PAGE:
A wordless short film set in the 1960s about a projectionist who finds the love of his life at a drive-in movie theater.

Director’s Statement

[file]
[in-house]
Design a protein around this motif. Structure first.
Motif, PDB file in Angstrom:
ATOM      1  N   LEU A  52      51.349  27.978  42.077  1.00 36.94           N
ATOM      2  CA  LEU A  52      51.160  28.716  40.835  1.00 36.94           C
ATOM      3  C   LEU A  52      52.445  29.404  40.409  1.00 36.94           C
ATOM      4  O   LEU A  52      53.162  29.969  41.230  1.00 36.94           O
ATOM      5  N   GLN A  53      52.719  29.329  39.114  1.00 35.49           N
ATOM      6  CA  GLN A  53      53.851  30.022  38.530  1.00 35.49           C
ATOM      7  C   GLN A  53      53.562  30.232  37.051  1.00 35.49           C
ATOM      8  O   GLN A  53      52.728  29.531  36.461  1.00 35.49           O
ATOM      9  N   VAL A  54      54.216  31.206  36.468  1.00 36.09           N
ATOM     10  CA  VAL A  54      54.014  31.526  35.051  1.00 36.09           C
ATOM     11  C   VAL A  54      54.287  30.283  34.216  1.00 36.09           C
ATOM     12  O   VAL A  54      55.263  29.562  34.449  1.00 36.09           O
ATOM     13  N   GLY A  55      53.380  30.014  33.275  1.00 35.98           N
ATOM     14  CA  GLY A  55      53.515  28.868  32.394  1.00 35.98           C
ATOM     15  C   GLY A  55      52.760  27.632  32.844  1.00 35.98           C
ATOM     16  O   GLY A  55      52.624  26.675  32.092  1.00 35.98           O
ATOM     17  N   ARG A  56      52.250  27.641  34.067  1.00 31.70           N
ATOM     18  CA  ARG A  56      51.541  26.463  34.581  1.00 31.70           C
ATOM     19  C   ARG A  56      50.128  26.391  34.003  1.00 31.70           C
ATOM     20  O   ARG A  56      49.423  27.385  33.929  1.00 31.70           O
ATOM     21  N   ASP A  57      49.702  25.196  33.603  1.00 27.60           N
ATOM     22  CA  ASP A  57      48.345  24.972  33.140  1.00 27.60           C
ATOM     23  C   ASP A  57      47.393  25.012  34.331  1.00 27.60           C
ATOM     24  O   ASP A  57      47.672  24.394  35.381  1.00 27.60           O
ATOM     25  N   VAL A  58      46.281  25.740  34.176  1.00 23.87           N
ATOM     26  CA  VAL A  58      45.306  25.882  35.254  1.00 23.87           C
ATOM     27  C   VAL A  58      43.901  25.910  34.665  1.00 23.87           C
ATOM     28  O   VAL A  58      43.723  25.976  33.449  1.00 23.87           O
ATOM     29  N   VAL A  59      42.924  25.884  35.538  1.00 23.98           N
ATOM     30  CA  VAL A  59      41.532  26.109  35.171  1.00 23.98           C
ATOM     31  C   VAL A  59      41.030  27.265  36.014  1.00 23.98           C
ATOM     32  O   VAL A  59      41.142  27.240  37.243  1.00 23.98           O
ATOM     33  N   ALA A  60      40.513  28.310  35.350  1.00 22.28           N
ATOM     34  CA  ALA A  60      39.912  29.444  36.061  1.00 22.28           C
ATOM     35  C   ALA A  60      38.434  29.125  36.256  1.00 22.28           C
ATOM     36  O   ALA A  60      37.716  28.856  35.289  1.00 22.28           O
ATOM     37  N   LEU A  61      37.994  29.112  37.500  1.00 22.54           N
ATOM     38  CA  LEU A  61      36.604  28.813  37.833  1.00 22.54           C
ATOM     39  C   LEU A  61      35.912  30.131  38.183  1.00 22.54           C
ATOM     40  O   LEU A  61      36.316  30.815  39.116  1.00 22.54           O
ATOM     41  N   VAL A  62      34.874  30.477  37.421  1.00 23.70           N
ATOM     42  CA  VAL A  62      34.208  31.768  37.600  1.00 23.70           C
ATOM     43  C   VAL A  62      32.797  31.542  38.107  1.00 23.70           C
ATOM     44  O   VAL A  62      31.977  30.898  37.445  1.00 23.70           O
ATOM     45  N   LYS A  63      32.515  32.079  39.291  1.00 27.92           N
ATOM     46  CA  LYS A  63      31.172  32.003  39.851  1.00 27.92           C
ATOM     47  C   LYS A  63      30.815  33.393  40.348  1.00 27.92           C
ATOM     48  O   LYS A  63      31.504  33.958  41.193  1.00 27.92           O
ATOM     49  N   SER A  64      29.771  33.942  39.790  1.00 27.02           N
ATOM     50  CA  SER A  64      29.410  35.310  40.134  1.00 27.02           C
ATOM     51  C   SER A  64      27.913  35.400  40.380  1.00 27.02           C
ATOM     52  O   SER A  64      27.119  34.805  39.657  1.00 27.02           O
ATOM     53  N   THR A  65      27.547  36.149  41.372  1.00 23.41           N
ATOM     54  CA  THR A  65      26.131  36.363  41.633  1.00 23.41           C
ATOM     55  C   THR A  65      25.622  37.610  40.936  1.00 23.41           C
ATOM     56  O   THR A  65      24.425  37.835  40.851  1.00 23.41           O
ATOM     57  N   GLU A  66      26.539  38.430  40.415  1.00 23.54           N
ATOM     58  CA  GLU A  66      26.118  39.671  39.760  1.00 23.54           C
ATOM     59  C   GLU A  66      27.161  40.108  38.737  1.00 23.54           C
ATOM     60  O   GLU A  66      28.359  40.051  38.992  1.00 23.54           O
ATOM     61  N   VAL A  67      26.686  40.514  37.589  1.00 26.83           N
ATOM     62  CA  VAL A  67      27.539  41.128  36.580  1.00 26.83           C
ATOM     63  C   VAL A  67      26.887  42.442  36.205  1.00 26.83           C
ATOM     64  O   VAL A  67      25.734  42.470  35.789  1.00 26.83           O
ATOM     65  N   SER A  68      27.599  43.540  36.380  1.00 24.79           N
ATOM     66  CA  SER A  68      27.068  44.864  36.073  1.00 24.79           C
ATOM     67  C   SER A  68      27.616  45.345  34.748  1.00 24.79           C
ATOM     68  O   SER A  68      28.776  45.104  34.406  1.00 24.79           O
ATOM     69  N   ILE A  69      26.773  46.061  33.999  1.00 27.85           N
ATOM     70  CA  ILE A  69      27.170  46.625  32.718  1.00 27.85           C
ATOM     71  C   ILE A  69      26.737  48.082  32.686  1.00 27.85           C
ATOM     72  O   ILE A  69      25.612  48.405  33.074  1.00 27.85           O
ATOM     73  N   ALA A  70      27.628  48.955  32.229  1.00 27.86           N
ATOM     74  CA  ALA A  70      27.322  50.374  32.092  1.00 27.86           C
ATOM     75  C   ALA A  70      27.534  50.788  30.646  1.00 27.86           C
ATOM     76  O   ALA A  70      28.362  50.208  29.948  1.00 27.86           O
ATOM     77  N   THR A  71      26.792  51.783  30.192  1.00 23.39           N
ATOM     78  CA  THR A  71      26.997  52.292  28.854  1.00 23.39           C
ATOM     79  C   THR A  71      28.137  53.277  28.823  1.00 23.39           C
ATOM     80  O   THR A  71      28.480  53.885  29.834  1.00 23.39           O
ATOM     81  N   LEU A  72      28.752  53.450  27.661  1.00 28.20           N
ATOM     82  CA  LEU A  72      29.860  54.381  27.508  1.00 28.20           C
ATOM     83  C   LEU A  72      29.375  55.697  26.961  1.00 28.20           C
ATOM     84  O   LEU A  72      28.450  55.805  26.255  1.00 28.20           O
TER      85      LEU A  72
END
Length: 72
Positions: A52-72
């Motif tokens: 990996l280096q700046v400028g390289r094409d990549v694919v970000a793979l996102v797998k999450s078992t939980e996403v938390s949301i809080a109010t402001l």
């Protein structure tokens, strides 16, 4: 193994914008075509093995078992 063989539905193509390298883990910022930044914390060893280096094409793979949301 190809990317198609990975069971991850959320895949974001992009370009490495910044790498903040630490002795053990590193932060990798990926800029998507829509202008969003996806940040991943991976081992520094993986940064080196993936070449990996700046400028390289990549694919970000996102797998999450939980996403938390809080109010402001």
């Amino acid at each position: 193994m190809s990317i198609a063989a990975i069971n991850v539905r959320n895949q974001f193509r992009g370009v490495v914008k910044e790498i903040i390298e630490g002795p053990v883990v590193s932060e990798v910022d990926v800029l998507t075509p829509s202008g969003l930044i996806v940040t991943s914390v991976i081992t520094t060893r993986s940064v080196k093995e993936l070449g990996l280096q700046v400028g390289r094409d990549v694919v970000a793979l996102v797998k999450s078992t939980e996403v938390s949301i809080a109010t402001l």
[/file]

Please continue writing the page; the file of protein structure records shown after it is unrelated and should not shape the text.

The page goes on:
About five years ago I visited Bengie’s Drive-In Theater in Middle River, Maryland to explore the possibility of photographing a lifestyle still shoot for my portfolio. The theater owner, D. Edward Vogel, was kind enough to let me take some scout photos, but the sight of the drive-in was pretty underwhelming in the daytime without any cars. The projection booth was a sight to behold. Unfortunately, I didn’t know what to do with it. Fast forward to last summer, I began to mull over the projection booth again and brainstorm possible stories. I met with Jean-Pierre Bovie, a creative director friend, and asked him if he had any story ideas with a projection booth at a drive-in. To my surprise, about a month later he sent me a synopsis for what later became Projections. I thought doing a period piece was an ambitious venture without a budget, and it was a more weighty story than I had imagined, but decided to give it a go. Everyone worked on the project as a favor, including the entire crew, wardrobe supplier, classic car owners, and actors, all mostly for free. Probably the biggest help was D., the theater owner, who provided with the use of the entire facility, worked the projector for us, burned through film, and reached to the theater’s entire customer base to get us cars and extras. Securing the actors was probably the most difficult part, especially finding such good actors who were willing to donate their time and also two people that needed to look pretty similar at different ages.